Before I go by Catherine Cookson

Before I GoBefore I Go by Catherine Cookson

My rating: 5 of 5 stars

This is my first encounter with Mrs. Cookson in her writing. What a world of writing she immersed herself in out of the melee! The book is one of her post mortem work discovered by her estate with the other unpublished novel, and I can see Mrs. Cookson must have intended to have this memoir published after she’s long gone because of the self-evident title of “Before I go”. This book is filled with her innermost feelings towards her family – her mother whom she called “Our Kate” and her dearest husband Tom and the people who entered her life, such as Nan Smith, the various doctors who attended to her lifelong health frailty, and her faith as a doubting Catholic. As an illegitimate child of an unwed mother from a poverty-stricken family, Mrs. Cookson however did not yield herself to the the bare necessities of life as it demanded.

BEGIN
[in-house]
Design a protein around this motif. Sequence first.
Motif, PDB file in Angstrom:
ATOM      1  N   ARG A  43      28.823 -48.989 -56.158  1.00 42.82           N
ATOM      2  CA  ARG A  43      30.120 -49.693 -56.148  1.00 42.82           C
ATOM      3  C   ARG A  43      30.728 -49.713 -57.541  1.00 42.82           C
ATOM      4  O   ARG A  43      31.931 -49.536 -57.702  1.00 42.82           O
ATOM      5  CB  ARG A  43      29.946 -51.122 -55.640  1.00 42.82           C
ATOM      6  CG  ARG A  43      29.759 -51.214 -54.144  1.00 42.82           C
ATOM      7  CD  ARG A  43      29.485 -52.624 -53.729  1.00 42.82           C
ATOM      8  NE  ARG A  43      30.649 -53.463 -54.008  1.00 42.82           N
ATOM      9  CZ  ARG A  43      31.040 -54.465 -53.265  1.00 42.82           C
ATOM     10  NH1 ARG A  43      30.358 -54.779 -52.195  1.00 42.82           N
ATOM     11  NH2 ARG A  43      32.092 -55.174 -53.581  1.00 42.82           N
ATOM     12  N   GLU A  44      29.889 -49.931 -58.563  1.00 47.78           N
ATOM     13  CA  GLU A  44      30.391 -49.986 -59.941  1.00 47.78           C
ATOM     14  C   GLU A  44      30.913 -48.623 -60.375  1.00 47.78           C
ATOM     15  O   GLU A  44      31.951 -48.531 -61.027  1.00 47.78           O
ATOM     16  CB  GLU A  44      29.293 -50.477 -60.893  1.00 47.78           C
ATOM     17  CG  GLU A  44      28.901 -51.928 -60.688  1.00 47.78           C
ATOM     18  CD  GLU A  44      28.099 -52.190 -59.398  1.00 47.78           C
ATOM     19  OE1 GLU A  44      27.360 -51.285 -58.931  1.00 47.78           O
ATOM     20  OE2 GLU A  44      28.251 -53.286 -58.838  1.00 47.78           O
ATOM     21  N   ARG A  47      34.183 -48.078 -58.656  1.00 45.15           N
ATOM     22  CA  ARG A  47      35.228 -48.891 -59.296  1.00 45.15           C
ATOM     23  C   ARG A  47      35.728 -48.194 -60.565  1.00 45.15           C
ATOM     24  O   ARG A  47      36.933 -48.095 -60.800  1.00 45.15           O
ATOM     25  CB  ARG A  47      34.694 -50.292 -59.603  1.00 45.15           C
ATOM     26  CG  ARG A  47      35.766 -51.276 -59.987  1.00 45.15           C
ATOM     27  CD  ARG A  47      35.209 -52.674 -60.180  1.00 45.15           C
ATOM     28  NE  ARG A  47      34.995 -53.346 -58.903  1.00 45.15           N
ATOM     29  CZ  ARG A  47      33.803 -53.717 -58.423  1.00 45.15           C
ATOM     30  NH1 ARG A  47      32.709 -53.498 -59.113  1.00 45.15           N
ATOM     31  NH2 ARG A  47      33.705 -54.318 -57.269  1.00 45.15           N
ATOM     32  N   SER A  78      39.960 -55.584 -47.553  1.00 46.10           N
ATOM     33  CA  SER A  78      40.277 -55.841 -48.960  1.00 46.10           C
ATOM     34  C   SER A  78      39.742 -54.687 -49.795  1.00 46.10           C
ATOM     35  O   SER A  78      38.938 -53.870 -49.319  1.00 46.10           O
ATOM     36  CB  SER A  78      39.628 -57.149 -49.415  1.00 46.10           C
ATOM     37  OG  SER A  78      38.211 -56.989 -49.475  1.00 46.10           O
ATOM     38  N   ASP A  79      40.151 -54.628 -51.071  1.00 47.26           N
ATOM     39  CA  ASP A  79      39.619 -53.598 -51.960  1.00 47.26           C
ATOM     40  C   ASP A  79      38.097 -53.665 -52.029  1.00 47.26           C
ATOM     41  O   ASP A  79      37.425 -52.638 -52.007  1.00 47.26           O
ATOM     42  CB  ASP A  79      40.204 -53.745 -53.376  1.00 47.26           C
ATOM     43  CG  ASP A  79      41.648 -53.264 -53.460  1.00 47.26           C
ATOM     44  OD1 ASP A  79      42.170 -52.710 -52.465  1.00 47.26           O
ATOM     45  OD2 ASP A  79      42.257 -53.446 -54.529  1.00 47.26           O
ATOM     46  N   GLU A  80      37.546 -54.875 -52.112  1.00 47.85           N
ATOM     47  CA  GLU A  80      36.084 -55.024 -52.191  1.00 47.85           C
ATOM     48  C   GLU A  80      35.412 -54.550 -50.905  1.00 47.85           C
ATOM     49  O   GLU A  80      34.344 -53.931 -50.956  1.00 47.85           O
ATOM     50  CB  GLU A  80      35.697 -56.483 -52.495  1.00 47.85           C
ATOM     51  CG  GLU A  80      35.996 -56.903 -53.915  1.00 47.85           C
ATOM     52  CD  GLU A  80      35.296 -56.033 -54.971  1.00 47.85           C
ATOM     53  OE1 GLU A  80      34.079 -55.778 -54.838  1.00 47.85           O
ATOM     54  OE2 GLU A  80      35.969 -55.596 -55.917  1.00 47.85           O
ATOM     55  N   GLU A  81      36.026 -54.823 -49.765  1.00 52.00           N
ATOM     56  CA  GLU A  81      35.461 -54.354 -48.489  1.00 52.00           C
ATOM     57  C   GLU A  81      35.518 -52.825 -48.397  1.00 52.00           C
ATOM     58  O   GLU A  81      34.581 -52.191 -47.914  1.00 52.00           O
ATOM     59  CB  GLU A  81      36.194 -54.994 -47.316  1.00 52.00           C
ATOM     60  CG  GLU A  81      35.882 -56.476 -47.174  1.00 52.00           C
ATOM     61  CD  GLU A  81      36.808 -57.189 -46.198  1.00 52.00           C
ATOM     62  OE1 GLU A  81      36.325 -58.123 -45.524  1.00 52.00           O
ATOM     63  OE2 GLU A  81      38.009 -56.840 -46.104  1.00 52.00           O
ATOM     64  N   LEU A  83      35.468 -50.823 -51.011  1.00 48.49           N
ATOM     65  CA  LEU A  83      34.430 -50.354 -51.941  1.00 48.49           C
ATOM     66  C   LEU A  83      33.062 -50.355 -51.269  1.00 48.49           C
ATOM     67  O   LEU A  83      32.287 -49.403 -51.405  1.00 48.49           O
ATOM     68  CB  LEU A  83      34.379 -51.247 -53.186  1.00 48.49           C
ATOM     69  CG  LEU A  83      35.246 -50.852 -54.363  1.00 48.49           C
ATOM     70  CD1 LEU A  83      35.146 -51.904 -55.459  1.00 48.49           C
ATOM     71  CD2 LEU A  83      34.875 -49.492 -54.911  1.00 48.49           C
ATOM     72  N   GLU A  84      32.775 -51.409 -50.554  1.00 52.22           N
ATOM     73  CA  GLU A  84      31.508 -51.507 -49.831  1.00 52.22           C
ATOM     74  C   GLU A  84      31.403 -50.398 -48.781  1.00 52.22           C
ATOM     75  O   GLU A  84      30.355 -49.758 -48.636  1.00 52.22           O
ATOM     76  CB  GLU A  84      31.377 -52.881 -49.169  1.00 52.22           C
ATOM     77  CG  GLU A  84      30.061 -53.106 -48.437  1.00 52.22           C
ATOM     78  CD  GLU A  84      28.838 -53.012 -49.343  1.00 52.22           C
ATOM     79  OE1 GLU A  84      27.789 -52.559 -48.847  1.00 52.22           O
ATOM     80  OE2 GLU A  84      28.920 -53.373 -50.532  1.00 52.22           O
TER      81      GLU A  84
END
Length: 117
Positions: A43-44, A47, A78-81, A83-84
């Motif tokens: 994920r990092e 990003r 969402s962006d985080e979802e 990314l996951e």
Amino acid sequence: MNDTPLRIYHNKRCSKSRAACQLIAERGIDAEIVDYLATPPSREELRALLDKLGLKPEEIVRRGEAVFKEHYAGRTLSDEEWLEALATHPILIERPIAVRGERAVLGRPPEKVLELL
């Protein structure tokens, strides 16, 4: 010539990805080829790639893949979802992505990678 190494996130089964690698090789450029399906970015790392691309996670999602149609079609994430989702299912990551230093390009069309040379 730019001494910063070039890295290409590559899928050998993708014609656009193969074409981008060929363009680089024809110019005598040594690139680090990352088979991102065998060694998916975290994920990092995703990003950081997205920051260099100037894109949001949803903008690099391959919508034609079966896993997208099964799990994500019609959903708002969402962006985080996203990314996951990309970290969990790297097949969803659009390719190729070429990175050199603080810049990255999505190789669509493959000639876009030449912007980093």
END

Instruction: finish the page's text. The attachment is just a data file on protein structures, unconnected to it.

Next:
Mrs. Cookson was a true example of a triumph of will and hope over experience and condition. Working as a manageress in a laundry, the author did not resign herself to the complacency of her social class. Instead, she raised herself above the hubbub of life and arrived as a fine writer who wrote about people whom the readers could relate to based upon her experiences. Also, her Catholic faith, which she had been fighting with reason to no avail, was the bedrock of her character and shaped the way she looked at the world around her. For it was her faith to which she held on in times of trouble and from which her compassion, pity, and forgiveness sprang.

What I like about Mrs. Cookson is her feistiness and pride which distinguished her from her peers and people of similar social origins. But this does not mean that she became haughty and untouchable with her literary success; on the contrary, Mrs. Cookson still retained her charitable nature although she often lamented about it because of people’s appropriation of her compassion and pity gratuitously.

The reader will be able to read the mind and heart of this fine and very human writer. It’s not about her lifelong health problems of nose-bleeding, 8 miscarriages, and a peripheral vision by advanced age; this memoir is about Mrs. Cookson’s resilient spirit that enabled her to rise above the planes of biological hindrance and societal prejudices.

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